What do LEGOs have to do with naval history?
Who knows? But that didn’t deter hundreds of youngsters who turned out at the Kalmar Nyckel’s Lego Shipbuilding Day, where kids walked the museum and examined models and artifacts from historic and naval ships before building their own replicas, brick by brick.
Using STEM-based LEGO design plans, students from kindergarten to high school seniors built their own models of historic and naval ships using STEM-based design plans including Kalmar Nyckel, USS Gettysburg, CSS Virginia, USS Monitor and many more. Shipbuilding kits were designed by skill level so that all ages can participate.
Some hobbyists exhibited a keen shipbuilding eye with their multi-layered designs, spending hours assembling their creations at competition tables. And younger ones were happy to frolic in the LEGO free play area. There was also a pirate selfie station, a coloring station and face painting.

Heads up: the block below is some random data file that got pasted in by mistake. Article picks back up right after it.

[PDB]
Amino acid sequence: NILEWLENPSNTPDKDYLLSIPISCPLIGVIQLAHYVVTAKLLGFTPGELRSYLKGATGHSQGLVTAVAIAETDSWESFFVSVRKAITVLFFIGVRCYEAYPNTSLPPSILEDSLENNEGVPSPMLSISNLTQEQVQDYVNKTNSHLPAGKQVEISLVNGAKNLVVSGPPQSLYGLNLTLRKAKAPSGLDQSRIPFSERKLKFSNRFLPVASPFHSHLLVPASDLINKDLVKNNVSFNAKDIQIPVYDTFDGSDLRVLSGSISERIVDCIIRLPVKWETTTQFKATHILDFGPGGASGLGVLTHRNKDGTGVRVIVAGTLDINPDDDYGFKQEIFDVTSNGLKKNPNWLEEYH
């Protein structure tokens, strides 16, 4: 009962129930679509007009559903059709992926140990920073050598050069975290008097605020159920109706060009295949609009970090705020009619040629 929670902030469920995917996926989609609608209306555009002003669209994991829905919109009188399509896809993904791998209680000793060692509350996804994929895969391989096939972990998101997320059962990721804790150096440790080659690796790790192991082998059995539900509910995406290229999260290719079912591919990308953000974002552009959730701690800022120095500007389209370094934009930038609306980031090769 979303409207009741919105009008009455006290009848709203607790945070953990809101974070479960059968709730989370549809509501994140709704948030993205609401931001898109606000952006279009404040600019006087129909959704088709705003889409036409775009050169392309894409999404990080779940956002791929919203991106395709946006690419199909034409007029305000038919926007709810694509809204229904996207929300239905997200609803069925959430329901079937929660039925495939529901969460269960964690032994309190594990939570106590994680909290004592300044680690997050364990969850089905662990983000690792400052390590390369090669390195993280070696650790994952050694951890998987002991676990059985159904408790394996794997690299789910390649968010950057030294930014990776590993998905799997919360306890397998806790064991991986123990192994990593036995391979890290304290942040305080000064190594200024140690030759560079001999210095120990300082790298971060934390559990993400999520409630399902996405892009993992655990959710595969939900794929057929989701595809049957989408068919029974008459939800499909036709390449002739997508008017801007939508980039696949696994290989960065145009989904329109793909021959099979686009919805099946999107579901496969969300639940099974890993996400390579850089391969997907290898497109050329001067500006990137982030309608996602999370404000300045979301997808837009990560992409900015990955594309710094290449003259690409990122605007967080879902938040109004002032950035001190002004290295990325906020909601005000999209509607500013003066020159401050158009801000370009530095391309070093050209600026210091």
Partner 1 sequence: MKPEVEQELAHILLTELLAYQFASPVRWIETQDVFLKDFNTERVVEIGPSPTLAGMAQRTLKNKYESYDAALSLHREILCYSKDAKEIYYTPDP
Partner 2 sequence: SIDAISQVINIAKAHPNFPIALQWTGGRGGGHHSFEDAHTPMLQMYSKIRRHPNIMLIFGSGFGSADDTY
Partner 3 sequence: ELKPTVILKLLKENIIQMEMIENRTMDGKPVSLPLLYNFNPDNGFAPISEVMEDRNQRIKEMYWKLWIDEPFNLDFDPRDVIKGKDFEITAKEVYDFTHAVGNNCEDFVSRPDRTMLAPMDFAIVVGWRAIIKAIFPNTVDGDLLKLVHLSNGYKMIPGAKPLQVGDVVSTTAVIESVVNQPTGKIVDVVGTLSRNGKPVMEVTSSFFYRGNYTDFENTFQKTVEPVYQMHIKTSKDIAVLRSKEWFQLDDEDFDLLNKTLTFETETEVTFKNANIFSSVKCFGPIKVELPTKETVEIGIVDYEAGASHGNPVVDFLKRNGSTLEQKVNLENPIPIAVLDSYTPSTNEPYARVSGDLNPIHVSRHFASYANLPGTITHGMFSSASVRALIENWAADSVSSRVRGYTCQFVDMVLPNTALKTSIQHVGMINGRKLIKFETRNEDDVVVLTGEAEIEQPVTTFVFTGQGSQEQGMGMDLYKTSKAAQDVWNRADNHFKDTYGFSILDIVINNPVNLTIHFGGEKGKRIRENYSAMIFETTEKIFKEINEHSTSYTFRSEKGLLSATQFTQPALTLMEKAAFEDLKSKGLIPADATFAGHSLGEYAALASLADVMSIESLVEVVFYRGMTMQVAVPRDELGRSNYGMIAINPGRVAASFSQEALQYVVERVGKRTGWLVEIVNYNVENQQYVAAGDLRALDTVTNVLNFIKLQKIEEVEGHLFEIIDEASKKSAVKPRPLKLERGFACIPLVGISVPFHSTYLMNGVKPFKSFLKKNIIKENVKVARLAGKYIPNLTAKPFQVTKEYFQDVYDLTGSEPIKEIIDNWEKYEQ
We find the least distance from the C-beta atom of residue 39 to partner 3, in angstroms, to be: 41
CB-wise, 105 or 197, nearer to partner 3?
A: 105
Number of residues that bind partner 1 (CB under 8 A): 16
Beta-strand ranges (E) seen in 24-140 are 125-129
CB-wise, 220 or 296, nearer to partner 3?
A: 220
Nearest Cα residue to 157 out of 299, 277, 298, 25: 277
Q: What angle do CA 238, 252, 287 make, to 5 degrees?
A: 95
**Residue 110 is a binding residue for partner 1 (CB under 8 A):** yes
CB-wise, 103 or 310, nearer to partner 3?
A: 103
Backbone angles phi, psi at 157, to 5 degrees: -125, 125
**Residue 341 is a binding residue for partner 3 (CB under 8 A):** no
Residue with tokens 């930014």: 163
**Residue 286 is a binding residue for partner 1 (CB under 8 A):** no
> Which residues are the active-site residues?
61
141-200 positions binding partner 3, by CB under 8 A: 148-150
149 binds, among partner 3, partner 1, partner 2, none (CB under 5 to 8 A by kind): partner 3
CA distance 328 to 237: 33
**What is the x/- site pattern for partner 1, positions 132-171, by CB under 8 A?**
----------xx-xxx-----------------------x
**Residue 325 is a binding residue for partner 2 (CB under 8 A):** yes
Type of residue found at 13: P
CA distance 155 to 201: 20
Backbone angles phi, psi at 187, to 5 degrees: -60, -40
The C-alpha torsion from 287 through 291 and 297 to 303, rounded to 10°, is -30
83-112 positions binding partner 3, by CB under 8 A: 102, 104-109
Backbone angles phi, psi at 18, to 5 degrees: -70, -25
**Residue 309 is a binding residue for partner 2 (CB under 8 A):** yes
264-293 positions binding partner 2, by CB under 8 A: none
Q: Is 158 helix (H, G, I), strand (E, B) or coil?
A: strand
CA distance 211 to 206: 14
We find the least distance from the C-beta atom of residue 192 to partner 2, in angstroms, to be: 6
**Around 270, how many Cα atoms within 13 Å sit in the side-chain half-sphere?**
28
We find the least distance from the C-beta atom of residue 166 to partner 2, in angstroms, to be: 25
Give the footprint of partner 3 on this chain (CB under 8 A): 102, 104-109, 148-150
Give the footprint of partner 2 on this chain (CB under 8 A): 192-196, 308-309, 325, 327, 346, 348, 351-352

The free annual event held, on March 2nd at the Copeland Maritime Center, was a great way for kids to learn things about ships and some interesting trivia about Delaware’s significance in maritime history.
“LEGOS are just one of those toys that just about every kid loves,” said Cathy Parsells, executive director of the Kalmar Nyckel Foundation. “This is a day that we really enjoy because it’s clear everyone is having fun at our Museum. Moms and dads work on projects together with their children, and everyone learns something.”
And Parsells said that the competition elicited some architectural wonders. “We were incredibly impressed by the final products the children turned out.”